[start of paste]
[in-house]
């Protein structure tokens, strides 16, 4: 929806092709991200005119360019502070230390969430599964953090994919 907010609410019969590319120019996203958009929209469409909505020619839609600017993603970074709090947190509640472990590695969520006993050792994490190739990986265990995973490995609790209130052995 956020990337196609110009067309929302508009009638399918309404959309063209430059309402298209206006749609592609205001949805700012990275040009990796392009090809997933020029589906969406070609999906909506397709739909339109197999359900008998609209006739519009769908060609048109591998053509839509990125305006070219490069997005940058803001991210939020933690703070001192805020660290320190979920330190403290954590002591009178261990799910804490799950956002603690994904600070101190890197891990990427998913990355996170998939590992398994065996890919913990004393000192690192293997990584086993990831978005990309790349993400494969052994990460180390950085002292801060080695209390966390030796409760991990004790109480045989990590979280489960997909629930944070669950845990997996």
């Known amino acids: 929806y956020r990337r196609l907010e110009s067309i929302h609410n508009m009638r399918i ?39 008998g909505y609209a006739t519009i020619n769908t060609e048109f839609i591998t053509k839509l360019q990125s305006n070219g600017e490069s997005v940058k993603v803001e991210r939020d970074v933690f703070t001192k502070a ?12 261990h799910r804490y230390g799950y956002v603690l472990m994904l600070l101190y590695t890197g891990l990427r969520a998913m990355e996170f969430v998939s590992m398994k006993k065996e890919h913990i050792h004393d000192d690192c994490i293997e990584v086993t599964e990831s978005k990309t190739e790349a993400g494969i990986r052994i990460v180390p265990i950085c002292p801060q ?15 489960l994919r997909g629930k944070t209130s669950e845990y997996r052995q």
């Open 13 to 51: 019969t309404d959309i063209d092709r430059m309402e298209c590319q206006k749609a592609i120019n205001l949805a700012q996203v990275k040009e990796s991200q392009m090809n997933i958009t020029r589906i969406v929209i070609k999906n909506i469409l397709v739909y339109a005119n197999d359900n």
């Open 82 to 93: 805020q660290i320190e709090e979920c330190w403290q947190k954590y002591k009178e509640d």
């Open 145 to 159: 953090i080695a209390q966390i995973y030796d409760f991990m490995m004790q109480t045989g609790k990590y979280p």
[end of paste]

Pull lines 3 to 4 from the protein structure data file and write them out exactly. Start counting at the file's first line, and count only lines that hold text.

């Known amino acids: 929806y956020r990337r196609l907010e110009s067309i929302h609410n508009m009638r399918i ?39 008998g909505y609209a006739t519009i020619n769908t060609e048109f839609i591998t053509k839509l360019q990125s305006n070219g600017e490069s997005v940058k993603v803001e991210r939020d970074v933690f703070t001192k502070a ?12 261990h799910r804490y230390g799950y956002v603690l472990m994904l600070l101190y590695t890197g891990l990427r969520a998913m990355e996170f969430v998939s590992m398994k006993k065996e890919h913990i050792h004393d000192d690192c994490i293997e990584v086993t599964e990831s978005k990309t190739e790349a993400g494969i990986r052994i990460v180390p265990i950085c002292p801060q ?15 489960l994919r997909g629930k944070t209130s669950e845990y997996r052995q």
């Open 13 to 51: 019969t309404d959309i063209d092709r430059m309402e298209c590319q206006k749609a592609i120019n205001l949805a700012q996203v990275k040009e990796s991200q392009m090809n997933i958009t020029r589906i969406v929209i070609k999906n909506i469409l397709v739909y339109a005119n197999d359900n």